Multiple Endocrine Neoplasia

November 12, 2012

Multiple Endocrine Neoplasia

This is an inherited disorder, which affects one of the endocrine glands such as the pancreas, parathyroid or pituitary gland.

Causes of multiple endocrine neoplasia

Multiple endocrine neoplasia (MEN) type I is a disorder involving one or more of the endocrine glands. The gland may have become overactive or formed a tumour and most commonly involves the pancreas, parathyroid or pituitary gland and is not necessarily restricted to affect only one. Multiple endocrine neoplasia is an inherited condition, caused by a defect gene that is passed down through families. The gene is the one responsible for carrying the code of a protein known as menin. The condition leads to the development of tumours to appear on various glands but not necessarily at the same time. It can affect people of all ages and men and women are equally likely to develop it. The individual most likely to develop multiple endocrine neoplasia is the one who has a family history of the condition, although a family history does not guarantee that you will ever develop it.

Symptoms of multiple endocrine neoplasia

There are various symptoms of the condition and they depend largely on what gland has been affected. Some of the more common symptoms include:

  • Fatigue

  • Headaches

  • Loss of appetite

  • Anxiety

  • Abdominal pain

  • Loss of coordination

  • Loss of body or facial hair

  • Decreased sexual libido

  • Muscle pain

  • Mental changes and confusion

  • Nausea and Vomiting

  • Sensitivity to extreme temperatures

  • Unintentional weight loss

  • Weakness

  • Problems with vision

  • Unexpected change in menstrual periods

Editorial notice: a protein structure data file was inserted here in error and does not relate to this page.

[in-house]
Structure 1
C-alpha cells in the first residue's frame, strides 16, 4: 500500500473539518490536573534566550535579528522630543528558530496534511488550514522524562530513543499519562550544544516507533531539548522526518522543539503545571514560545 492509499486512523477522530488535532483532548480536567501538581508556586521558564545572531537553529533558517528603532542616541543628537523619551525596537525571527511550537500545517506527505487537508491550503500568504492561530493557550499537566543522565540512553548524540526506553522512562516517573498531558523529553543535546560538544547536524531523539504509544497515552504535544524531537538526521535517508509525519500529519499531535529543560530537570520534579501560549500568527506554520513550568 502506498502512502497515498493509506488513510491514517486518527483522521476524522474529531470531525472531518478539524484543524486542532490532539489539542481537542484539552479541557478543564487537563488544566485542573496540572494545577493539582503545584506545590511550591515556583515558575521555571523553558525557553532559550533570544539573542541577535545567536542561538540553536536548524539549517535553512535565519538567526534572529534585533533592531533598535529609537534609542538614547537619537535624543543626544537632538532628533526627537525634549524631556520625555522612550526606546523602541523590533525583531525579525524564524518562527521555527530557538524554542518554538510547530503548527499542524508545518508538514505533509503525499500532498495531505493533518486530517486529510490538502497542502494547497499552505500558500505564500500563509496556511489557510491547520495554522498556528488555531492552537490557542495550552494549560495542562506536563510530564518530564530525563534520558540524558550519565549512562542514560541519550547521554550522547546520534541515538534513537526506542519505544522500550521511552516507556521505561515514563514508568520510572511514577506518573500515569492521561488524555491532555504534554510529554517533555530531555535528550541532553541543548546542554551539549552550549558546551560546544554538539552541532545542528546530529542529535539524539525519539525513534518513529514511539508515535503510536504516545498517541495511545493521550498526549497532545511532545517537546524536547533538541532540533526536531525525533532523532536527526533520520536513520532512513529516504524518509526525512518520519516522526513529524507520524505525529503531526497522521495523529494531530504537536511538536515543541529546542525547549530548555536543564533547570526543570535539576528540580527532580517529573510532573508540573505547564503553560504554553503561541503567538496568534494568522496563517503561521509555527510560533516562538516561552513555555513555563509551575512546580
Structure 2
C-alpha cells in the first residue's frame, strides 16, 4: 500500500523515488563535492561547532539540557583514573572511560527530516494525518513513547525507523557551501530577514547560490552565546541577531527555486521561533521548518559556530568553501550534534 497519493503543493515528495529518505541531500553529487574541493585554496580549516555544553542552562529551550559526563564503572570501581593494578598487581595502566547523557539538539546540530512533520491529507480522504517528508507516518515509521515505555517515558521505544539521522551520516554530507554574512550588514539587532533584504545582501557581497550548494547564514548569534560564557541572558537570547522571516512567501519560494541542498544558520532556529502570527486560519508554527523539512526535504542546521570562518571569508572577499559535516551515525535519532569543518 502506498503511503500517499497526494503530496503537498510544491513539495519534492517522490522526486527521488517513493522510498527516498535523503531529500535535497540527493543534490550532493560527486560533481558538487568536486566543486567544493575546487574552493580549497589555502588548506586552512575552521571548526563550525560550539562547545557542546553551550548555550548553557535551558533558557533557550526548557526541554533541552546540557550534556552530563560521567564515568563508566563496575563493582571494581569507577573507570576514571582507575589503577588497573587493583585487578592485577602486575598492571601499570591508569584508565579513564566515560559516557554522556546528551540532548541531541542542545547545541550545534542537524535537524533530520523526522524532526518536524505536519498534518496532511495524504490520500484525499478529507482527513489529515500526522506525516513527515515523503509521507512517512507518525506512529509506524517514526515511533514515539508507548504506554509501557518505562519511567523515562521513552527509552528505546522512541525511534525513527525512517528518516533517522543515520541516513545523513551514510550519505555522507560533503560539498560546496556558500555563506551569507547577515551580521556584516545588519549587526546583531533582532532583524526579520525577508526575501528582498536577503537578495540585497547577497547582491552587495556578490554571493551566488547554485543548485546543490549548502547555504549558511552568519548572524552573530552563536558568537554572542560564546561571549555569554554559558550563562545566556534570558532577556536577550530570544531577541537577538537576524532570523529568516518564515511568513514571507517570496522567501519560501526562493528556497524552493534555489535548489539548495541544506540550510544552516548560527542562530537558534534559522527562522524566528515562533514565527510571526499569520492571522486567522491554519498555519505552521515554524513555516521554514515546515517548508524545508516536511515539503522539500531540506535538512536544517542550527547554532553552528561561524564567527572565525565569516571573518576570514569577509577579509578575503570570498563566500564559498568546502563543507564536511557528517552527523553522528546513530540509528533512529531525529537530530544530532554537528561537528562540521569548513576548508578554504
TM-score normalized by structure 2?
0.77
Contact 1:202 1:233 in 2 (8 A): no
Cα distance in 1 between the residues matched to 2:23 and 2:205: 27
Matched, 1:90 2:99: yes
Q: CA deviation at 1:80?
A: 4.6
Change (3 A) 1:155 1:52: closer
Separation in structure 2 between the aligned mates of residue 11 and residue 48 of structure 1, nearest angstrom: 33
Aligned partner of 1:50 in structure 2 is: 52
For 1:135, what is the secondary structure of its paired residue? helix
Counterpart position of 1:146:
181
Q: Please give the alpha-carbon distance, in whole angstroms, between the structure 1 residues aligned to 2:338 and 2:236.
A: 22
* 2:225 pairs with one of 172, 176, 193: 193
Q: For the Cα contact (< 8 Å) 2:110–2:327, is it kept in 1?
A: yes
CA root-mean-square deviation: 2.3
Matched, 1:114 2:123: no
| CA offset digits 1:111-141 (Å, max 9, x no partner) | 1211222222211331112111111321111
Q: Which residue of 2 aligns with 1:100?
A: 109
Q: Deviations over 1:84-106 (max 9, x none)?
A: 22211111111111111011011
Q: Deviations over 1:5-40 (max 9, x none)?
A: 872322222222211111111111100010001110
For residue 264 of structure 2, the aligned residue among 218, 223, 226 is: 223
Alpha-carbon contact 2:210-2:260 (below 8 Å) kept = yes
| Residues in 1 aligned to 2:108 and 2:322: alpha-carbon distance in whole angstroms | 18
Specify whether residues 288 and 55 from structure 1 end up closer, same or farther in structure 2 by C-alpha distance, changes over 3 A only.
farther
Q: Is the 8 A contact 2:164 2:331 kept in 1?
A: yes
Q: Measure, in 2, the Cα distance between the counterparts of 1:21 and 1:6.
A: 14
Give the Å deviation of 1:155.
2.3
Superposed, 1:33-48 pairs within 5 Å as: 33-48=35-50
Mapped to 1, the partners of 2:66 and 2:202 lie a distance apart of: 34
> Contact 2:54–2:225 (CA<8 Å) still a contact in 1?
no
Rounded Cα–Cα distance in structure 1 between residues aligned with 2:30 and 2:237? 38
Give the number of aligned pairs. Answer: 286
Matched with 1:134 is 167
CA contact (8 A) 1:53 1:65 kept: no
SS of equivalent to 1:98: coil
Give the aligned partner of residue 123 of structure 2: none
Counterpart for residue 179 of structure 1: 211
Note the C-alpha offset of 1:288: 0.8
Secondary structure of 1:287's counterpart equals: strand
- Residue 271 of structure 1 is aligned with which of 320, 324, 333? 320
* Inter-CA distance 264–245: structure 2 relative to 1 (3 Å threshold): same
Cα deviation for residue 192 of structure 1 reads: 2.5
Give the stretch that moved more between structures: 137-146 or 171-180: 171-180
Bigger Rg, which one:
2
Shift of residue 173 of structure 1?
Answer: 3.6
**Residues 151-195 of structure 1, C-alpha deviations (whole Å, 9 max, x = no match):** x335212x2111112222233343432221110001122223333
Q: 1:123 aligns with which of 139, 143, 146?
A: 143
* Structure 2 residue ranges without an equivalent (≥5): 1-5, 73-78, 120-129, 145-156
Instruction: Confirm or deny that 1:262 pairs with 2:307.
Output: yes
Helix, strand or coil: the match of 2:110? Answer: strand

• Black stools

  • Burning, aching or discomfort in the upper abdomen or lower chest

Testing and Diagnosis of multiple endocrine neoplasia

There are a great number of tests that can be done when testing for tumours associated with MEN type I. Some of them include:

  • Blood cortisole level

  • CT scan of the abdomen or head

  • Insulin test

  • MRI of the abdomen or head

  • Parathyroid biopsy

  • Serum calcium

  • Serum follicle stimulating hormone

  • Serum glucagon

  • Serum thyroid stimulating hormone

  • Ultrasound of the neck

Treatment for multiple endocrine neoplasia

The primary and preferred treatment is to surgically remove the affected gland. In the case of the affected gland being the pituitary gland, a medication called bromocriptine may be chosen instead of surgery. Hormone replacement therapy is sometimes required when an entire gland has been removed and there is a lack of a certain hormone being produced. Depending on the location of the tumour it may be benign or cancerous. If the cancer is allowed to spread to the liver, life expectancy can be shortened. Therefore any symptoms should be recognised and treated as quickly as possible in order to get the best outcome.

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